Security Best Practices for Azure App Service Web Apps, Part 1

Microsoft’s Azure App Service is a fully managed Platform as a Service for developers that provides features and frameworks to quickly and easily build apps for any platform and any device. In spite of its ease of use, developers still need to keep security in mind because Azure will not take care of every aspect of security. This post is the first in a short series of articles from McAfee’s Foundstone Professional Services that offers advice for securing Azure App Service Web app development.

Developers can create four application types using the Azure App Service:

Azure App Service Web Apps take care of the infrastructure and its security. The developer needs to focus only on the application code. Azure App Service is different from typical cloud scenarios in which developers set up their own servers in the cloud, install their own web applications, and take full responsibility for performance and security. With Azure App Service Web Apps, Microsoft owns and manages the infrastructure. The developers need only ensure the security of their application code. Both approaches has their merits.

In this post we will focus on various security guidelines for web apps built using the Azure App Service, which supports major languages such as ASP.NET, PHP, Node.js, Java, and Python.

 

Get a custom domain name with HTTPS

When a web application is created using Azure App Service, it is assigned to a subdomain of azurewebsites.net. For example, if the app name is Demo, the URL is demo.azurewebsites.net. By default, Azure enables HTTPS with a wildcard certificate assigned to the *.azurewebsites.net domain. There creates multiple security issues:

  • A phishing attack can be easily carried out by creating similar-looking web application and domain name, for example, an attacker could create the malicious web app demo1.azurewebsites.net, which is similar to the legitimate name demo.azurewebsites.net. Because the web application is assigned to a subdomain of azurewebsites.net, the name of the malicious application looks very convincing and hard to differentiate from the original name unless one looks very closely.
  • If the DNS record for *.azurewebsites.net is entered by mistake or through DNS cache poisoning, then the application will be adversely affected.
  • The wildcard certificate creates more headaches for the developer because they need to ensure the path and domain of cookies are properly constrained.
  • The certificate is controlled by Microsoft. Thus for any certificate-related errors—such as expiration, strong or weak signing algorithms, trusted or untrusted certificate signing authorities, or certificates not self-signed—the developer will be dependent on Microsoft. Because the certificate is a wild card, extended validation of certificates can’t be enforced, which is preferred for financial applications.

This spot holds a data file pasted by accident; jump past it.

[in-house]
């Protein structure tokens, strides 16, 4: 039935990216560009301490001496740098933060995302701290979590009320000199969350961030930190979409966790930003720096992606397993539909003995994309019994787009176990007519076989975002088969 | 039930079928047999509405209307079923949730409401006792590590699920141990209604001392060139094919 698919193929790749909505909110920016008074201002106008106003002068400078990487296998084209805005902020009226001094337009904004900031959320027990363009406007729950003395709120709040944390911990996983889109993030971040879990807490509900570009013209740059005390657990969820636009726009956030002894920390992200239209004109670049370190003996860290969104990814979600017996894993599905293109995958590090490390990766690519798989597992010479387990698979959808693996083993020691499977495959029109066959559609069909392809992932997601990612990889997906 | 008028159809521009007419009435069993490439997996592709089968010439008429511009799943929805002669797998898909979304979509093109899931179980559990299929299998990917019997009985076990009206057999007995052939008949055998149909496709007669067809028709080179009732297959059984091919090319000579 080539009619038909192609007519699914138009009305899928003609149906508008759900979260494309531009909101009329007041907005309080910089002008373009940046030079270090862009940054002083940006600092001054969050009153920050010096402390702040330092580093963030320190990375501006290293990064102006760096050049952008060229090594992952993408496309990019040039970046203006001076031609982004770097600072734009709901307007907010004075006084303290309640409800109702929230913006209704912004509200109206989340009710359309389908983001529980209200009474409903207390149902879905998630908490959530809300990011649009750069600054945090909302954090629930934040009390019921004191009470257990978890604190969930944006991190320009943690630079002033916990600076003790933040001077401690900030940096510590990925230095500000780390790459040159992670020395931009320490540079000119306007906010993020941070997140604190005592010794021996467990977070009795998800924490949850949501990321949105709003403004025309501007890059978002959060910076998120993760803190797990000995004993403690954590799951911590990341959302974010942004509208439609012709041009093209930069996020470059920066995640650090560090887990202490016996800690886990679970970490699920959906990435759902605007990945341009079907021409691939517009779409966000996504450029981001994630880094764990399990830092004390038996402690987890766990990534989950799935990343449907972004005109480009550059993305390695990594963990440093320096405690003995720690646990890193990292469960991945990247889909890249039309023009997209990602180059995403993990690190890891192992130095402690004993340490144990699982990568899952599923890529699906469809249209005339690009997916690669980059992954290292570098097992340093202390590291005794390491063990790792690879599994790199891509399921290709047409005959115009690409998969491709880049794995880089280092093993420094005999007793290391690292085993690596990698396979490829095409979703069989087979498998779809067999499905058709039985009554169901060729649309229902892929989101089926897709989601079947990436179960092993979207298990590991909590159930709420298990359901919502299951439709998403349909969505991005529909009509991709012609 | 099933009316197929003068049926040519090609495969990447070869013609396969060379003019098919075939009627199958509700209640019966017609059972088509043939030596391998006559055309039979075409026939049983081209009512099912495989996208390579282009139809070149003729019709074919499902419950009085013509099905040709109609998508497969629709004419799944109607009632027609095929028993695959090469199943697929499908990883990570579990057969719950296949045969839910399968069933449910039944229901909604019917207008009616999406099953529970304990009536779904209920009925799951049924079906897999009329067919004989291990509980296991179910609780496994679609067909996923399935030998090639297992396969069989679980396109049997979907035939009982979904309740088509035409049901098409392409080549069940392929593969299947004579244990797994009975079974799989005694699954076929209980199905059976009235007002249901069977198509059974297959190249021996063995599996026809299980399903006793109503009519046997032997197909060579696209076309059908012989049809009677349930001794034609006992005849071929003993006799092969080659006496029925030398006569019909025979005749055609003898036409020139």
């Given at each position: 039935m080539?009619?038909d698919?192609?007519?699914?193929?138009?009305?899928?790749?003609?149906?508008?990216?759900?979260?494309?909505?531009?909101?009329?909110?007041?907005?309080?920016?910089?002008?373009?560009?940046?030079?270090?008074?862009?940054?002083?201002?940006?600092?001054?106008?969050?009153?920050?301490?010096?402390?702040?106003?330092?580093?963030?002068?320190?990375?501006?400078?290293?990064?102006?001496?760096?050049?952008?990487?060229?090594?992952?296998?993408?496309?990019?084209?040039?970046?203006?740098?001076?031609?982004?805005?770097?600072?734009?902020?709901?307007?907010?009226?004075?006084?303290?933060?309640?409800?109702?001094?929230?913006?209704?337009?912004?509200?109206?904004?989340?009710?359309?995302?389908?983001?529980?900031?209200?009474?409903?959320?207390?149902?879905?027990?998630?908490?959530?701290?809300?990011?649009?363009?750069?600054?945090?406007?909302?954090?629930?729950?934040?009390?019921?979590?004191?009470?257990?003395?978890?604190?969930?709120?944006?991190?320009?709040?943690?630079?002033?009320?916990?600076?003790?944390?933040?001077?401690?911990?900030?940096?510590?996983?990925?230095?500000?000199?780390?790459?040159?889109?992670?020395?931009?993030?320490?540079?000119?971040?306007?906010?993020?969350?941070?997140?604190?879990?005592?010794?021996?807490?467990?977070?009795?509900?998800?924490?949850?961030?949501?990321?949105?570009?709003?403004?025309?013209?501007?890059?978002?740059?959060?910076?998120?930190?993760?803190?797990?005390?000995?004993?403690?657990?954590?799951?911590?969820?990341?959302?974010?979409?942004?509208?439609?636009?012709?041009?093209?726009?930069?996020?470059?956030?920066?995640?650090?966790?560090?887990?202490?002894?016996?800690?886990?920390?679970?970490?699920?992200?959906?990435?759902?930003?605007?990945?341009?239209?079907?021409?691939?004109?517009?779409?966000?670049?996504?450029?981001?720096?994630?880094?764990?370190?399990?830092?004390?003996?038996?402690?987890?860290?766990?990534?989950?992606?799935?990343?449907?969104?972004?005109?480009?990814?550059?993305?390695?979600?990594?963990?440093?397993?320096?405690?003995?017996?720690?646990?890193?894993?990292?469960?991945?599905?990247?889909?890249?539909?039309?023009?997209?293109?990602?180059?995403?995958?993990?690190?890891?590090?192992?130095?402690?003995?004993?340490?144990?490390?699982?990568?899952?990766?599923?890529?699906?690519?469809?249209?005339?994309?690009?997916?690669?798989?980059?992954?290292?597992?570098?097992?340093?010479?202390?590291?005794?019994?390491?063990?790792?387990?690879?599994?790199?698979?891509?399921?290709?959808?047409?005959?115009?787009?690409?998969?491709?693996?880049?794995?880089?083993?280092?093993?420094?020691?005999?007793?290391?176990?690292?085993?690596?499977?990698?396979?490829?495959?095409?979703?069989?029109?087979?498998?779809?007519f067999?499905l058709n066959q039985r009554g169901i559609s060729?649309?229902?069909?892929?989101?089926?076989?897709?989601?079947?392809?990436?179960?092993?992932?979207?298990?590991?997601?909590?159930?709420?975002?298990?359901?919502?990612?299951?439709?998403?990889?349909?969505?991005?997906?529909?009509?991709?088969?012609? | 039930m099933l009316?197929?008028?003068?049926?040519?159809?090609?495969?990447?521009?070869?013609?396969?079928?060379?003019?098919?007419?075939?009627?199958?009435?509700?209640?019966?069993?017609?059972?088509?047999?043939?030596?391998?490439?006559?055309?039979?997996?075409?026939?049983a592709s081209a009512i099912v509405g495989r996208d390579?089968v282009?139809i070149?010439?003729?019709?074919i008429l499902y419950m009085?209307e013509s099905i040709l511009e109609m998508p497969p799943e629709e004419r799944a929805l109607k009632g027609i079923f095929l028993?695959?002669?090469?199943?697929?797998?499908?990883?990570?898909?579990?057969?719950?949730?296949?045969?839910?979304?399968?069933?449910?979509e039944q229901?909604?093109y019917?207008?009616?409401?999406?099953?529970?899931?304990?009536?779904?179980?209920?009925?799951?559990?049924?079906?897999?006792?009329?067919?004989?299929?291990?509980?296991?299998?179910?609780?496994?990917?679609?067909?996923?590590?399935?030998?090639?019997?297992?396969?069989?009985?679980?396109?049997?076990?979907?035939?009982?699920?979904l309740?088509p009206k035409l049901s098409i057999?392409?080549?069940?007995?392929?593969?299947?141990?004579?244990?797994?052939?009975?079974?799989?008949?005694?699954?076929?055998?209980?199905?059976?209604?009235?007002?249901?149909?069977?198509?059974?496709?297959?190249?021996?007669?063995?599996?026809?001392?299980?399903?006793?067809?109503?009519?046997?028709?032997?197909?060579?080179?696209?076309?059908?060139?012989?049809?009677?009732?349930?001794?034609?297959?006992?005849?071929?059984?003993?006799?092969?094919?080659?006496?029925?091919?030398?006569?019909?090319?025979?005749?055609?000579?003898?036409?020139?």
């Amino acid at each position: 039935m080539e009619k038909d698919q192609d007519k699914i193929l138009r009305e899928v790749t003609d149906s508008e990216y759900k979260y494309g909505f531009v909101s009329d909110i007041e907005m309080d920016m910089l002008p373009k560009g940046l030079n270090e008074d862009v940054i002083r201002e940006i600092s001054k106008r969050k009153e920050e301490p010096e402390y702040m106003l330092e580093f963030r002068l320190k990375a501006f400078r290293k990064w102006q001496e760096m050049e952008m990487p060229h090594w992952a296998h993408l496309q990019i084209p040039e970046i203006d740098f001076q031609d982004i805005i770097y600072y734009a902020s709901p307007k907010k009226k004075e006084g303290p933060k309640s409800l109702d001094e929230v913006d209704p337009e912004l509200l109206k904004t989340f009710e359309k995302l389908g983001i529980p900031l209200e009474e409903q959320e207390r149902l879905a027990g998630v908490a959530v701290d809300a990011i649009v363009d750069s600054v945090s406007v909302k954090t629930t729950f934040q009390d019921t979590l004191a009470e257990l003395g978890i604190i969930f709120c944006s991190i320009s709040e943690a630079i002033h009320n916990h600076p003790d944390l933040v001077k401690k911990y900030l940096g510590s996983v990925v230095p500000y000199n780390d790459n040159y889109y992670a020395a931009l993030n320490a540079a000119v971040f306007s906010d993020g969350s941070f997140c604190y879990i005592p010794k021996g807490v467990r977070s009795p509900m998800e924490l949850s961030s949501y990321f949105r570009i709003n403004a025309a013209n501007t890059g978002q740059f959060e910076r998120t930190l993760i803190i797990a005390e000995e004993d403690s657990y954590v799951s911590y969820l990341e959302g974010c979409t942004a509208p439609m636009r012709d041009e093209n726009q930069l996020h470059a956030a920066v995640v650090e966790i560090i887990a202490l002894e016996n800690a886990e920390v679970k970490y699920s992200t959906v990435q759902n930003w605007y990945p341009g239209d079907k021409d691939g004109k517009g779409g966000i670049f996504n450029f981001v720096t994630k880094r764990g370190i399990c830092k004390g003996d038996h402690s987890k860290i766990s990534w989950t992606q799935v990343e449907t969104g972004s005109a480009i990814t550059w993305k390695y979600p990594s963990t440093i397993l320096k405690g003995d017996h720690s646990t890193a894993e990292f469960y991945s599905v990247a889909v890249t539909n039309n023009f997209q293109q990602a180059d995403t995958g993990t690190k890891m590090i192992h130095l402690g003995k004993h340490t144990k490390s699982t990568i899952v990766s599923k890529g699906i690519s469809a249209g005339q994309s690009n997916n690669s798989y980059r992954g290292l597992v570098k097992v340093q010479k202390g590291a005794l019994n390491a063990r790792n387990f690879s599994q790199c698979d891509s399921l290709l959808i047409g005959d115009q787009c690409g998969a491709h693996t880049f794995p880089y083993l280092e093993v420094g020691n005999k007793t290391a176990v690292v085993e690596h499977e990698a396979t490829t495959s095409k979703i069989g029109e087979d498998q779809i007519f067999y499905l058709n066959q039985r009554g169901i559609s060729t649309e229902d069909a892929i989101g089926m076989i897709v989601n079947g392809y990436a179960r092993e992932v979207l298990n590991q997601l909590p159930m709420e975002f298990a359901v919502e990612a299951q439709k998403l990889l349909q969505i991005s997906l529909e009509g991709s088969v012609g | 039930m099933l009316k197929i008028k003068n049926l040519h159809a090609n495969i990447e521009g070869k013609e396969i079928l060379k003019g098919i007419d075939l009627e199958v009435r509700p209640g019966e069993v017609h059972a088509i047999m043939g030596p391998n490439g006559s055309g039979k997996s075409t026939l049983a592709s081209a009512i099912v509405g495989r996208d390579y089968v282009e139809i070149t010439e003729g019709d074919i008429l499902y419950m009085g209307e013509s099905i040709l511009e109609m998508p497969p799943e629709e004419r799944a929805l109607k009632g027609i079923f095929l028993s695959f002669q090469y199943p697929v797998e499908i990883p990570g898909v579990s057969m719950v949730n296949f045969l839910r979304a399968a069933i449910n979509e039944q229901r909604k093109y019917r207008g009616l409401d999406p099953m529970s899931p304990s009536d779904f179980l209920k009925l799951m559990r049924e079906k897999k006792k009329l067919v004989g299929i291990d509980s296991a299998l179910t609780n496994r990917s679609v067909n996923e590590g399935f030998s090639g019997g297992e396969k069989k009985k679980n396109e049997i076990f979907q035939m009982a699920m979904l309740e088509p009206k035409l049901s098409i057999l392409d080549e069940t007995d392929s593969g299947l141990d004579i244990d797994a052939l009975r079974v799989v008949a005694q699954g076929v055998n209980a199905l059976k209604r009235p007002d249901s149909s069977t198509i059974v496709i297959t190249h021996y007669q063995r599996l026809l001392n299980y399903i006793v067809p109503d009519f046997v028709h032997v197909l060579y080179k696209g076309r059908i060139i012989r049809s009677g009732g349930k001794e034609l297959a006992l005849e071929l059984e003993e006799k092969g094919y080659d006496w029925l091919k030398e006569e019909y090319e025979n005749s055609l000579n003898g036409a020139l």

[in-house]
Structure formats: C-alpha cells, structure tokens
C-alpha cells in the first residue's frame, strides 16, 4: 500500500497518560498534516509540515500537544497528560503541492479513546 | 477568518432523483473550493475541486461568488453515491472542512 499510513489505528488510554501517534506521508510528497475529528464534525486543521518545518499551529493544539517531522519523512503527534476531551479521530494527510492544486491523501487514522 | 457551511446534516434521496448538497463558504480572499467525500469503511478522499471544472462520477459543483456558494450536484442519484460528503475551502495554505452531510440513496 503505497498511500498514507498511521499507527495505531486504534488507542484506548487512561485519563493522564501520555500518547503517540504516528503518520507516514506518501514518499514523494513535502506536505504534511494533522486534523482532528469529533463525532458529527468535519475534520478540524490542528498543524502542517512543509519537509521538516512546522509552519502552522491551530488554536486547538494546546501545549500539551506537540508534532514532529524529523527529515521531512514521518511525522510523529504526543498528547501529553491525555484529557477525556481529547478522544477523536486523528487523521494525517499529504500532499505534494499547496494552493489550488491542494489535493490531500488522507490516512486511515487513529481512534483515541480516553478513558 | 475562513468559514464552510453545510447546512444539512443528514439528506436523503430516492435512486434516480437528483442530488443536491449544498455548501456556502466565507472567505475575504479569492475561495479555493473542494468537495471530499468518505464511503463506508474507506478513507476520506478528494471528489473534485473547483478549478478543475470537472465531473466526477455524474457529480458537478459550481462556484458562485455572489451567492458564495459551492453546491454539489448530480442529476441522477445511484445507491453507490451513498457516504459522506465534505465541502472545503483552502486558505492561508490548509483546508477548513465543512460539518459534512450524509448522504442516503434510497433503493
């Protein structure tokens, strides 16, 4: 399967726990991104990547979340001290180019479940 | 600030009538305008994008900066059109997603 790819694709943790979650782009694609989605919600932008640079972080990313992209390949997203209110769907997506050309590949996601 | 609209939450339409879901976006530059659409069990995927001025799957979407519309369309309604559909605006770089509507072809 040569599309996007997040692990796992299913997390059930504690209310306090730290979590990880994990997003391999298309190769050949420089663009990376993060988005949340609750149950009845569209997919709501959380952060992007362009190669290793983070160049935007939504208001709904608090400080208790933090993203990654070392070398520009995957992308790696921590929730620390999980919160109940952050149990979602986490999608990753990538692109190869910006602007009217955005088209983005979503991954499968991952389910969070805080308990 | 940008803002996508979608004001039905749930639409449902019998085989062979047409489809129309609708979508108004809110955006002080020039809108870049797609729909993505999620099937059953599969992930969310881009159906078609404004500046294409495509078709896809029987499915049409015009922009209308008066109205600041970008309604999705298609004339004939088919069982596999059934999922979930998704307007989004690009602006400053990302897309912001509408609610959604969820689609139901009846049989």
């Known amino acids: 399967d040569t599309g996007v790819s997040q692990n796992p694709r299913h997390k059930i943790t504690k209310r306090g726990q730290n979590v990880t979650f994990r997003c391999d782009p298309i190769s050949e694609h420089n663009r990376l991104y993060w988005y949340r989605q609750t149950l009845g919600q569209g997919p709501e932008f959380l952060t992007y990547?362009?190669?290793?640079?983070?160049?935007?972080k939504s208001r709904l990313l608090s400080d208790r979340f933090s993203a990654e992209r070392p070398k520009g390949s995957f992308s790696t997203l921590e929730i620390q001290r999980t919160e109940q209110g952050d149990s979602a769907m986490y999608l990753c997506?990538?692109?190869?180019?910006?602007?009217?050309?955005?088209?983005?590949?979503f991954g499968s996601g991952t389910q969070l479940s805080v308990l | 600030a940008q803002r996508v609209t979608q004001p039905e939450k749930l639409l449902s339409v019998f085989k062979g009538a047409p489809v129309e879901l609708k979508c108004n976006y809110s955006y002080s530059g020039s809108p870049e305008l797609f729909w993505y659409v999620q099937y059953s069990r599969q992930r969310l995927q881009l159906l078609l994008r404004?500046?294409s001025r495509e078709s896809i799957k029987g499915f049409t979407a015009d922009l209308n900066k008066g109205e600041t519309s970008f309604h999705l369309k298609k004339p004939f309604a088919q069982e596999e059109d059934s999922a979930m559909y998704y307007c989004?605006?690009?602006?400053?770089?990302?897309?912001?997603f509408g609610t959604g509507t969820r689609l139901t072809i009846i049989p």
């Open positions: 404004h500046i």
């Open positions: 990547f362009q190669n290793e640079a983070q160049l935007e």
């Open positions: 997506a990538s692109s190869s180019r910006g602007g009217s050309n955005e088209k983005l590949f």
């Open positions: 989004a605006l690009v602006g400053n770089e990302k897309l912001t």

Apart from security issues, most organizations want their customers to see a custom domain name instead a subdomain of azurewebsites.net. Thus it is necessary to create a custom domain name and get a certificate for that domain. Do not use self-signed certificates, rather buy one from a trusted certificate authority. Consider following while buying a certificate for a web app:

  • The name of the certificate should match domain name. The certificate can be a single domain or multidomain but not a wildcard certificate.
  • The certificate should be signed using a strong signing algorithm such as SHA-256.
  • The certificate should be valid and not expired.
  • For financial and other sensitive applications, it is best to have an extended validation for the certificate.

A custom domain name is not available with Microsoft’s free pricing plan, one of five plans. It is available with the other four. A custom domain name with HTTPS is available with the standard and premium pricing plans. To ensure the use of HTTPS, we recommend choosing either the standard or premium pricing plans when creating a web application with Azure App Service. (Microsoft has tie-in with GoDaddy to offer a custom domain name and a certificate from the Azure portal. Or you can buy a custom domain name and certificate from another domain registrar and use it with an Azure web app.)

For custom domain names purchased outside of Microsoft, follow these steps to configure it in the Azure portal:

  • Log in to the Azure portal.
  • Navigate to “App Services” in left navigation pane.
  • Select your web application.
  • Click on “Settings” and select “Custom domains and SSL.”20160420 Azure 1
  • A new frame will open on the right side. Click on “Bring external domains.”
  • Note the IP address located at the bottom. Go to your domain registrar website and create DNS entries using this IP address. It can take some time for the changes to propagate, depending on your DNS provider.
  • In the “Domain Names” text box, enter the custom domain name you bought from the domain registrar.
  • Save the changes.
  • Click on “Upload certificate.”
  • Locate and upload your .pfx certificate file.
  • Under “SSL bindings,” select the domain name to secure with SSL, and the certificate to use.
  • Save the changes.
  • You should be able to access the web app using your custom domain name over HTTPS.

For more details on how to set up a custom domain name and its certificate, follow these links from Microsoft:

https://azure.microsoft.com/en-in/documentation/articles/web-sites-custom-domain-name/

https://azure.microsoft.com/en-us/documentation/articles/web-sites-configure-ssl-certificate/

This blog post was written by Piyush Mittal.

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